Newspaper article The Record (Bergen County, NJ)

Units Aim to Reduce Health Risks

Newspaper article The Record (Bergen County, NJ)

Units Aim to Reduce Health Risks

Article excerpt

Two-thirds of samples taken beneath homes showed that PCE levels exceeded the state standard of 16 parts per billion, some

were as high as 6,800.

When DuPont told Pompton Lakes residents in June 2008 that vapor intrusion could be occurring in their homes, the company said it would pay to install vapor mitigation units on each home in the plume.

The systems work by sucking the toxic vapors out from under a home and sending them up through a pipe, from which they are released to the outside air, allowing them to dissipate.

The vapors came from the cancer-causing solvents PCE and TCE, which had contaminated a plume of groundwater beneath about 400 homes. The solvents had migrated off DuPont's former munitions facility nearby, and had moved their way up through the soil and into some basements.

During tests to determine the extent of vapor intrusion in the neighborhood, two-thirds of samples taken beneath homes showed that PCE levels exceeded the state standard of 16 parts per billion. Levels were as high as 6,800.

Similarly, a third of samples tested high for TCE. The state standard was 11 parts per billion. Readings were as high as 1,200.

As for indoor air results, elevated levels of PCE were in 29 percent of the samples. The state standard was 1 part per billion, and readings were as high as 68.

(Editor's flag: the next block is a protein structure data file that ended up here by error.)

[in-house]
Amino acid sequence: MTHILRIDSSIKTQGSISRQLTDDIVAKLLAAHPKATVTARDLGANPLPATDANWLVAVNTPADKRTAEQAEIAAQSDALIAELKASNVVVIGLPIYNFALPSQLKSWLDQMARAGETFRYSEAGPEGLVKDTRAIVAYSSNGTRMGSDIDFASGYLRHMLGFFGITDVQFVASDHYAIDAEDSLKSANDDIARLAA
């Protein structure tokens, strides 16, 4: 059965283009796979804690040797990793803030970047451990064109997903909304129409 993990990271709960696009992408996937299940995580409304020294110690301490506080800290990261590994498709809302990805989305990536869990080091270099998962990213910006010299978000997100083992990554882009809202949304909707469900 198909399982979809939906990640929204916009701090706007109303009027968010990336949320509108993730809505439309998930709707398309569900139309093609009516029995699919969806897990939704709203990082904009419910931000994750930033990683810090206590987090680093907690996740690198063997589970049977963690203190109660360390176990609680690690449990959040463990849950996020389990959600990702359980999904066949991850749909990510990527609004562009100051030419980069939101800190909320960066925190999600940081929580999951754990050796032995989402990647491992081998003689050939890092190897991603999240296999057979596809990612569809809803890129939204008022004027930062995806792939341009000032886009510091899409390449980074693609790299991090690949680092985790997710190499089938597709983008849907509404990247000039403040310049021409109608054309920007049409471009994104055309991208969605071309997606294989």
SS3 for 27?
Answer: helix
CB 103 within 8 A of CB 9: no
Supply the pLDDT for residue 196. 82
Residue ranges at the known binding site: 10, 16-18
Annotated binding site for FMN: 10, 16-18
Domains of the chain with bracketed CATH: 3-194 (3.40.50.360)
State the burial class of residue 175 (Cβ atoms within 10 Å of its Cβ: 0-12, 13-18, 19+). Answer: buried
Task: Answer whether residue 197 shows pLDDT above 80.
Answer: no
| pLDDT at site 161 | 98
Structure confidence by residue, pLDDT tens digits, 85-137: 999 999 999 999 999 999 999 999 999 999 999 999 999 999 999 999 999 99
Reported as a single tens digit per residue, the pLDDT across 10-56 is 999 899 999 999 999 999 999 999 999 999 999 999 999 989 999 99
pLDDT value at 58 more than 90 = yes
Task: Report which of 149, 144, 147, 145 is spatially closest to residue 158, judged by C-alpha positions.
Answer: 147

In its 2010 report on the test results, DuPont said this about providing the vapor mitigation systems: "DuPont believes that proactively offering systems to those residents located above the groundwater plume is an appropriate measure while efforts continue to assess potential remedial technologies for implementation in the offsite groundwater plume."

The company could have "proactively" provided those systems eight years earlier, when regulators first raised concerns about the potential for vapor intrusion.

"Companies are always free to proactively take steps to protect public health when they have contaminated communities," former EPA regional administrator Judith Enck said in a recent interview. …

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